Friday, November 13, 2015

Looking to Move Toward the High-End

Really nicely designed condo space shot for Airbnb a couple weekends ago (
Shot on the Olympus OMD E-M1 with the M. Zuiko 7-14mm f/2.8, 0.4" at f/8.0 and ISO 200.

I've been working in the low end of real estate photography for a good while now. Calling my local market foothold a monopoly would be hyperbole, of course, but given my neglect of deliberate marketing (and even lack of a dedicated website for my brand) people know me by word of mouth, and I am generally agreed upon as a reliable provider of above-average real estate photos with low-overhead and high-turnaround time. Basically the dream for realtors dealing in sub-$300K and strictly rental properties (my shoot for Silo Point continues to be my one and only outlier in that equation... would love to have a client like that again).

Lately my idle hours have been spent navigating varied tutorials written on real estate photography, some featuring things I know already, others showcasing the different available styles currently big in the mainstream market. Naturally these tutorials showcase higher end listings, the kinds of spaces with lots of custom furniture and lighting to create a genuinely one-of-a-kind space. More than the information in the tutorials, I find myself focused on these cleverly designed spaces as subjects I really want to photograph. Sometimes I've been lucky enough to shoot such spaces on my current contracts, but because the nature of the work necessitates low-overhead and high-turnaround I don't get to invest the time and effort I'd really like to, so they always end up looking just above-average at best.

But I really want to get out of this low-end trap I'm in. I don't want to lose momentum in the advancement of my business all because of the high-volume nature of building a successful business purely on low-end work (to a degree, it's the difference between wage slavery and salaried work). Thus I am committing to a new plan of income stream sacrifice for necessary portfolio building (which also includes actually developing a dedicated portfolio showcasing website again).

Clients straddling the line between low and high-end, or who have investments in both spheres of real estate, are plenty obvious in the scheduling process based on the content of our dialogue. They usually pay attention to little details such as when the light comes through the windows, and remark on how well their spaces are lit naturally. Because the nature of my contract demands high-turnaround, I usually book these clients amid a mess of others less attentive for sake of making big earnings for that day. Currently I'm operating on a breakneck pace that fits driving to a listing, the shoot, and driving to the next listing all within tight 1-hour blocks, ultimately leaving only 20-30 minutes for the actual photography for each space (it's insane, but I'm good at operating under such pressure). Without the time to really ingest a space and deliberately consider how it is lit, I will never create the kinds of images I want to be creating.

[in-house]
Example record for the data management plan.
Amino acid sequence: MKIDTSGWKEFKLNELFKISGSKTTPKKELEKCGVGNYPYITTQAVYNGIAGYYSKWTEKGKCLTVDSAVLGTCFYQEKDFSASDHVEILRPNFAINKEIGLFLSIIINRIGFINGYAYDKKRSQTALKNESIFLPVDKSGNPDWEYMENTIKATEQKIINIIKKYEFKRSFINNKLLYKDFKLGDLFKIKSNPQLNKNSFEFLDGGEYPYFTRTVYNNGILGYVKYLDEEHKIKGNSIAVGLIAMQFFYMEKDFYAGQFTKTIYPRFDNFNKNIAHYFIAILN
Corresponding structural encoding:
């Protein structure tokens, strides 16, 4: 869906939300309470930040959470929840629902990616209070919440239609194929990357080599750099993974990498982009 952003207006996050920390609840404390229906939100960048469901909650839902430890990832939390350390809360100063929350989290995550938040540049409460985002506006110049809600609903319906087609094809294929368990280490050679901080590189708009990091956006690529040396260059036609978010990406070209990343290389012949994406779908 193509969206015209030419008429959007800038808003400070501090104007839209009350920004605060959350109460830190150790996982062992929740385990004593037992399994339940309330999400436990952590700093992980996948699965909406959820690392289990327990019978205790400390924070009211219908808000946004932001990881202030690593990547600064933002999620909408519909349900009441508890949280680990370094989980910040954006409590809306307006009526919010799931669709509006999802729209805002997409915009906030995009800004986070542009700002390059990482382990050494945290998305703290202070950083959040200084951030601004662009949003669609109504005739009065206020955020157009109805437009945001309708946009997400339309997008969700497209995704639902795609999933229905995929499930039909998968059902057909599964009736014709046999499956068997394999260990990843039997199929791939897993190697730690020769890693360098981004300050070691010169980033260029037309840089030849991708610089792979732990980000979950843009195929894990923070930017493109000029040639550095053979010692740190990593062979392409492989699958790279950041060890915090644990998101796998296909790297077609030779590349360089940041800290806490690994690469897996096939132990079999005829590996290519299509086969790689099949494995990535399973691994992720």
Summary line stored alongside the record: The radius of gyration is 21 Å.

The change I am committing to right now is to isolate these clients with higher end considerations, take the gamble on the preparation of their spaces and allot maybe 2 or 3 hours to their listing to allow for relaxed, considered, creative investment in the photographs taken for those properties. Instead of the shotgun volume of shots (4 corners of each room and 1-2 straight on, my current autopilot standard angles), I will consider only the angles which best showcase the room (maybe 1 or 2 of the strongest angles, more if the room is just that good), and develop images with very calculated techniques using flash and compositing (the kind of editing processes that delineate high-end real estate photography from photographers I admire). In post, rather than quickly punching each image with a preset and delivering as product, I will construct pieces of art that sell a space unquestionably (and not be begrudged the time investment because they will be images I am personally invested in at the inception of their capture). Rather than a mammoth block of 40 mediocre images, I will deliver 12-15 with the highest considerations.

Or so that is the ideal of how I'm envisioning this personal time and income stream investment playing out. Suppose we'll see how well it goes in practice.

The sacrifice of 2 blocks of time for standard shoots to enable this kind of invested image capture translates to a few hundred dollars in sacrificed income. Once upon a time that would have sounded awful to me, but at current it plays rather well into maintenance of mental health and retaining passion for photography as an art form beyond the burnout of photography as business. And as a happy aside, it's a liberating thing to realize your personal considerations of health and passion can comfortably trump the capitalist freight train of business.